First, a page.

• Summary
  • Contents
  • Subject index

The First Edition of this contemporary classic can claim to have put ‘consumer culture’ on the map, certainly in relation to postmodernism. Updated throughout, this expanded new edition includes a fully revised preface that explores the developments in consumer culture since the First Edition. Among the most noteworthy areas discussed are the effect of global warming on consumption, the rise of the new rich, changes in the North/South divide and the new diversity of consumer culture. The result is a book that shakes the boundaries of debate, from one of the foremost writers on culture and postmodernism of the present day.

Modern and Postmodern: Definitions and Interpretations
Modern and postmodern: Definitions and interpretations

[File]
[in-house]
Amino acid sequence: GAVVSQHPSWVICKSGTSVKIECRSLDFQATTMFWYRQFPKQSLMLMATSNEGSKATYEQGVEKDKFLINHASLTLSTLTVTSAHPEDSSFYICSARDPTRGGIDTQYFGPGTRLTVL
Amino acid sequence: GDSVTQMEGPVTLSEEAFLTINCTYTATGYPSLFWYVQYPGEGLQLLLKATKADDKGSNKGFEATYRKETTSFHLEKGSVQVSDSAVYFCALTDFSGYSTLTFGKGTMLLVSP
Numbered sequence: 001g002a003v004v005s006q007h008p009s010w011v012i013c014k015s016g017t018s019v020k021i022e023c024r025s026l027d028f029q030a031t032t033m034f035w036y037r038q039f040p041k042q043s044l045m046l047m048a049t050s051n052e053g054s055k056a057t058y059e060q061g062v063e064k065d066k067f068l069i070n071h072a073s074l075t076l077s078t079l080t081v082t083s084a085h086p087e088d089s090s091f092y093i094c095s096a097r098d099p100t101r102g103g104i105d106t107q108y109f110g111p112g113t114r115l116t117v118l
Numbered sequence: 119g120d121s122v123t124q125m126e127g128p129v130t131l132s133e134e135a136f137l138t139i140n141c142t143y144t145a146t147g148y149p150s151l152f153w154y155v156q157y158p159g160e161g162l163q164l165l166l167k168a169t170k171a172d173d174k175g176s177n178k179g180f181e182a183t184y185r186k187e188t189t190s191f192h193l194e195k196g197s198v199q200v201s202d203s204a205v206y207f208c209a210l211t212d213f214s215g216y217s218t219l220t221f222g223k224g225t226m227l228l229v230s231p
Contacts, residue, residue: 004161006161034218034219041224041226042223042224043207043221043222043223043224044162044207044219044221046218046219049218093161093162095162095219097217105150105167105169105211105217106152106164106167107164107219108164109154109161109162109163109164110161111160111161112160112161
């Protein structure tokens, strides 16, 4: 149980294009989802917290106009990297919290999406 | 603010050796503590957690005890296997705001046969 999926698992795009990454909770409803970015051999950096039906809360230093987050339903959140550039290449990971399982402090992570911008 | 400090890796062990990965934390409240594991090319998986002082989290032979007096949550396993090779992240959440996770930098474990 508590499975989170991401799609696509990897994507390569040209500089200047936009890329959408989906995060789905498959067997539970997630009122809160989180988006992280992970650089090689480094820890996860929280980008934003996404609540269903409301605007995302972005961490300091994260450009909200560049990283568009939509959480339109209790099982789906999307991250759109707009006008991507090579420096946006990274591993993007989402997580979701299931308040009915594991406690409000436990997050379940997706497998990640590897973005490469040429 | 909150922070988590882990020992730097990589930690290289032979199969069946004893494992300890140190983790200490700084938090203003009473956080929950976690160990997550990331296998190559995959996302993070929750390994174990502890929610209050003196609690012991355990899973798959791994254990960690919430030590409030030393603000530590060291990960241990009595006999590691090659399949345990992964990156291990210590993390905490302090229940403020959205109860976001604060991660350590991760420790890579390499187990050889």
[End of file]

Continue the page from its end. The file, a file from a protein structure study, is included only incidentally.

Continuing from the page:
Any reference to the term ‘postmodernism’ immediately exposes one to the risk of being accused of jumping on a bandwagon, of perpetuating a rather shallow and meaningless intellectual fad. One of the problems is that the term is at once fashionable yet irritatingly elusive to define. As the ‘Modern-day Dictionary of Received Ideas’ confirms, ‘This word has no meaning. Use it as often as possible’ (Independent, 24 December 1987). Over a decade earlier, in August 1975, another newspaper announced that ‘postmodernism is dead’, and that ‘post-post-modernism is now the thing’ (Palmer, 1977: 364). If postmodernism is an ephemeral fashion then some critics are clear as to who are responsible for its prominence:

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